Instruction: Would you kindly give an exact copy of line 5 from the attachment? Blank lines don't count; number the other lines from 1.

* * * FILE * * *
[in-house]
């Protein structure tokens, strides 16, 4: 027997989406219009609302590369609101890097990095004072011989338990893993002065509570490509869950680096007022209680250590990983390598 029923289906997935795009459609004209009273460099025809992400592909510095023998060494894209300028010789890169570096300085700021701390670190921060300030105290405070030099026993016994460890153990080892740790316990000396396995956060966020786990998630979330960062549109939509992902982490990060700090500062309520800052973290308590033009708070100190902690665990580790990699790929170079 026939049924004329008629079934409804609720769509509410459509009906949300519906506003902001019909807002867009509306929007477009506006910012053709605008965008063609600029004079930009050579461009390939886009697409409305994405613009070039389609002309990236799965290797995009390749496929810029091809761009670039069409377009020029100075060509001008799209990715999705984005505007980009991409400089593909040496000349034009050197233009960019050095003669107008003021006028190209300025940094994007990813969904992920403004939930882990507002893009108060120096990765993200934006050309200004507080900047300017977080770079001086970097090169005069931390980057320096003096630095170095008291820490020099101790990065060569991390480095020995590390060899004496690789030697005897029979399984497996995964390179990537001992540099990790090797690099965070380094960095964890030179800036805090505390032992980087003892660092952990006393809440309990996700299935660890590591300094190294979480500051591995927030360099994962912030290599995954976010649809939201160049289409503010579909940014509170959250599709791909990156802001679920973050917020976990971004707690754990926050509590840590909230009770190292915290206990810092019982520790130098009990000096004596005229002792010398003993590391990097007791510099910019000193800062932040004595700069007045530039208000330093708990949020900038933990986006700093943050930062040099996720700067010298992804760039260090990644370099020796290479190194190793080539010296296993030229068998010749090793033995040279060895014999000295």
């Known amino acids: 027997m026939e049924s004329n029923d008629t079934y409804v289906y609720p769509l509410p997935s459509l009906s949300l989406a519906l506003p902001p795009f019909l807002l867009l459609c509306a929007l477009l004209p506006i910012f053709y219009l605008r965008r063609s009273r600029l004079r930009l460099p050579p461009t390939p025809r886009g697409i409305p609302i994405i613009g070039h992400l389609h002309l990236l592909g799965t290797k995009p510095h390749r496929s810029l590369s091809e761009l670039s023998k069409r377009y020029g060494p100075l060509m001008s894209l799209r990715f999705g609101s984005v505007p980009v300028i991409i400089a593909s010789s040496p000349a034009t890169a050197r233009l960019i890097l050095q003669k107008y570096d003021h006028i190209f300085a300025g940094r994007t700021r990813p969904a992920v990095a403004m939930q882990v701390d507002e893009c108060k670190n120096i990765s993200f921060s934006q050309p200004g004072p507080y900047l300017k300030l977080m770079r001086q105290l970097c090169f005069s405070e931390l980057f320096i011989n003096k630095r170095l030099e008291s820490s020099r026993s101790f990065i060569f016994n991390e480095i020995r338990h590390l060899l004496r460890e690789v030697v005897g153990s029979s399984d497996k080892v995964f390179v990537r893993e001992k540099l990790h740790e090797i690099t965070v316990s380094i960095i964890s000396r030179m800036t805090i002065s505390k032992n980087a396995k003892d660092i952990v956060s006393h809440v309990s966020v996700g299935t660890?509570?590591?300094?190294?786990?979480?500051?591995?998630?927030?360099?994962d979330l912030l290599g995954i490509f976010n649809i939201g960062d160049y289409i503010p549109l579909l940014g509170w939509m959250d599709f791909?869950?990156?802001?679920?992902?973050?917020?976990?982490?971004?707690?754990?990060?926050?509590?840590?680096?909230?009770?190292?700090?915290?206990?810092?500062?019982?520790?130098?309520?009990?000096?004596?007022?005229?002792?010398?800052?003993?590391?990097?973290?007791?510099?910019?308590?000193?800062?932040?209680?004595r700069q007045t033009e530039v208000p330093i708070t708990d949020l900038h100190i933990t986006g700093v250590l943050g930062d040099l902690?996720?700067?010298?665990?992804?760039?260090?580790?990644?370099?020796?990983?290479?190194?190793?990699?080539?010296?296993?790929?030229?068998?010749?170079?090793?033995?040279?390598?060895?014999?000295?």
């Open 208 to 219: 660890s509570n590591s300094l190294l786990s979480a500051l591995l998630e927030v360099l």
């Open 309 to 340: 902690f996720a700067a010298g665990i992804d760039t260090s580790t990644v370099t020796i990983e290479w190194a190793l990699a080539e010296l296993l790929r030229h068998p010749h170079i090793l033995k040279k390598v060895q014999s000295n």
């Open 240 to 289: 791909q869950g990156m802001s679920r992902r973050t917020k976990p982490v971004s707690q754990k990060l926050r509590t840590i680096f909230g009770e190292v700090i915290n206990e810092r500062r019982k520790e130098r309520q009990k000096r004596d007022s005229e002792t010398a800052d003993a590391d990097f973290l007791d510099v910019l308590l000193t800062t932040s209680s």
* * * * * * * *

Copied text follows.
């Open 309 to 340: 902690f996720a700067a010298g665990i992804d760039t260090s580790t990644v370099t020796i990983e290479w190194a190793l990699a080539e010296l296993l790929r030229h068998p010749h170079i090793l033995k040279k390598v060895q014999s000295n």